This is actually one film that Walski is quite looking forward to watch. You see, when he was growing up, The Planet of the Apes, and the subsequent film franchise, was somewhat of a favorite.
It will be kind of interesting to see how Tim Burton's Planet of the Apes (1981) gets tied in to how the new franchise is expected to progress. The film was released yesterday, and is expected to run in Malaysia sometime soon (although IMDB.com doesn't have the exact release date yet).
Rise of the Planet of the Apes (2011)
Looking Apocalypse in the Eye
“Rise of the Planet of the Apes,” an amusingly cheerful film about the end of humanity that’s PETA and critic approved — no animals were harmed in its making, and neither was James Franco’s career — is precisely the kind of summer diversion that the studios have such a hard time making now. It’s good, canny-dumb fun. Employing bleeding-edge technologies in the service of old-fashioned entertainment, it insists on the emotional truth of its absurd story, its tongue in cheek (and in check), while offering self-aware asides, like the ritual bow to Charlton Heston, the lockjaw hero of the original 1968 “Planet of the Apes.”
At once an origin story for that period-appropriate freakout and a solid kick in the franchise pants, the new “Apes” movie takes place in a present that, with a few exceptions (a space mission included), looks plausibly like our own. Mr. Franco — serious, focused, sympathetic — plays Will Rodman, a scientist and romantic idealist who is one hubristic mistake away from becoming a latter-day Frankenstein. Like the shiny headquarters at Gen-Sys, the pharmaceutical giant for which he works, Will makes science look good, as he bustles about in his white lab coat. Rarely have big-pharma-like doings looked so harmless, at least if you don’t count the animals doped up on the would-be wonder drug that Will hopes will cure Alzheimer’s.
It isn’t long before that temple of scientific rationalism goes kablooey. One afternoon a prized chimpanzee, nicknamed Bright Eyes for the eerie green tint of her peepers, throws a fit, running amok through the Gen-Sys labs and into the meeting room where Will is pitching his cure to his boss (David Oyelowo) and prospective investors. Oops! Cut down by a bullet, Bright Eyes both ends Will’s immediate dreams and offers him something like a new beginning in the form of her baby, a bundle of beastly joy. Out goes the man of science, as the accidental daddy takes the infant home, where he’s baptized Caesar by Will’s own father, Charles (John Lithgow), and grows quickly, fast becoming a lively, curious, very smart young thing.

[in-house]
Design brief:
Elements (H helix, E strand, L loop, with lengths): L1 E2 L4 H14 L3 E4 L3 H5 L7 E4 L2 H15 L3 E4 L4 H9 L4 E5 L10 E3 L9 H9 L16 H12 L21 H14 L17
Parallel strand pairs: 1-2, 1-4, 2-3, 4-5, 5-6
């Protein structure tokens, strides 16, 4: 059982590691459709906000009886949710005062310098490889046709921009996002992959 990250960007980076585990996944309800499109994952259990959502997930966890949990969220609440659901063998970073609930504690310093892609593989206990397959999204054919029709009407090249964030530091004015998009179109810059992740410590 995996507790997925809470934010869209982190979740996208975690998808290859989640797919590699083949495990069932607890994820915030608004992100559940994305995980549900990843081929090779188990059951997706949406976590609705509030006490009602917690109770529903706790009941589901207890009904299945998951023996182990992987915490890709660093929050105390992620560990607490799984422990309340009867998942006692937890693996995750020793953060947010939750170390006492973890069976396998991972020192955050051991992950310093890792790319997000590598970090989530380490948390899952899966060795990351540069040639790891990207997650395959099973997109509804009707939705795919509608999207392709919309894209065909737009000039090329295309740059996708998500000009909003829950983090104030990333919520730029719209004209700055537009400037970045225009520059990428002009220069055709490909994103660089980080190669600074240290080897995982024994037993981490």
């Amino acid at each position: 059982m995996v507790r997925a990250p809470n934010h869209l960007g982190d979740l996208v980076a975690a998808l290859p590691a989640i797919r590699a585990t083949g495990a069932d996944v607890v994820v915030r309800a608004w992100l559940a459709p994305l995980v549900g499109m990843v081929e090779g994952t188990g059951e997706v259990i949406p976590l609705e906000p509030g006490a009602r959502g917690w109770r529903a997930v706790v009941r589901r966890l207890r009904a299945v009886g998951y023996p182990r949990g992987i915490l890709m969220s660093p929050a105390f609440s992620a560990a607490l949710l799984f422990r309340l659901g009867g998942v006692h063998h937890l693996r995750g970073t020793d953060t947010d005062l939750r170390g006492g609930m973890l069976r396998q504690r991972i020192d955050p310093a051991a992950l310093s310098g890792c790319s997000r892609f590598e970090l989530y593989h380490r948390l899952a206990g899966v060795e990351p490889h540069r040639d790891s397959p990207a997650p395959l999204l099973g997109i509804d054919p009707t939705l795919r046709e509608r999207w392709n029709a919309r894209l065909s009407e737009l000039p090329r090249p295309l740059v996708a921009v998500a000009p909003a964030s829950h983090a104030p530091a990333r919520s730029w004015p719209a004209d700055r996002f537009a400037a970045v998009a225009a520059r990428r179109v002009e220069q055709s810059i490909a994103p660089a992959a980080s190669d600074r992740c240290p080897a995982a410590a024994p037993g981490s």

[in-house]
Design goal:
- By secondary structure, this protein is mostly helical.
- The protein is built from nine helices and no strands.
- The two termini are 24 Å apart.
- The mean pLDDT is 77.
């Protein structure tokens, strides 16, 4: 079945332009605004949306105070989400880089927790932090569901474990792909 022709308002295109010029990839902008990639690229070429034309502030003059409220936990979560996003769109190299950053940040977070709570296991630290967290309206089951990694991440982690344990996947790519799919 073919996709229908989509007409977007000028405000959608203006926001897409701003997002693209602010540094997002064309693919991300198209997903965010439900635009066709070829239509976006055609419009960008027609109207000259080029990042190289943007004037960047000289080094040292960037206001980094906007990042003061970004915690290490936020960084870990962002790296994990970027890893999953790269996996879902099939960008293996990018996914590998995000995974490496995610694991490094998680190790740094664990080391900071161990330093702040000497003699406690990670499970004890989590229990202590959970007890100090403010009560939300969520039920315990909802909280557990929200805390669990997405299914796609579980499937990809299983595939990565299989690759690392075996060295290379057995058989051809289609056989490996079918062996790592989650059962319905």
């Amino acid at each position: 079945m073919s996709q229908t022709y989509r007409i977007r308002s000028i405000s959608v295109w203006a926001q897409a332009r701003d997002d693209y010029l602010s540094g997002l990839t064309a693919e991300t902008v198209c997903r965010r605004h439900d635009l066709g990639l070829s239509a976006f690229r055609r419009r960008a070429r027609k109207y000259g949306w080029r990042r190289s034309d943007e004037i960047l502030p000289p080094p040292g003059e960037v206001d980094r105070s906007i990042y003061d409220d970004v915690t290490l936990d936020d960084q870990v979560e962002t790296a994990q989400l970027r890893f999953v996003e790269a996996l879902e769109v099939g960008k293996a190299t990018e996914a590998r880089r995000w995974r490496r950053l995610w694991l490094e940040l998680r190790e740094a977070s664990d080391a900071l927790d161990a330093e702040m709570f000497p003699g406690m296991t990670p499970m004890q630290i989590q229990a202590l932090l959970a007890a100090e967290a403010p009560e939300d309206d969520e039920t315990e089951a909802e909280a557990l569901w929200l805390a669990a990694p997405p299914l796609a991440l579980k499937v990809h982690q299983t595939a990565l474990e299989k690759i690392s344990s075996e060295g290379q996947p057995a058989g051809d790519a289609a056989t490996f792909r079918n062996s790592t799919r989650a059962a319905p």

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After this brisk preamble, “Rise of the Planet of the Apes” settles into a playful stretch. Caesar cozies into his human home for an inverse version of the first “Apes” movie (with shades of “Curious George”), if mostly without incident, despite foreboding static with a neighbor (David Hewlett). Time passes, and Caesar grows stronger and smarter as Will finds a love (Freida Pinto) and Charles, suffering from Alzheimer’s, worsens. In desperation Will plays God and turns Charles into his next experiment, becoming both the son and the father to his own lab rats. More time passes, and a story about a modern blended family shifts into a jittery cautionary tale about man’s domination of nature and turns “Apes” into a weird twin of the recent documentary “Project Nim,” about a chimp who was used and abused in the 1970s in the name of science.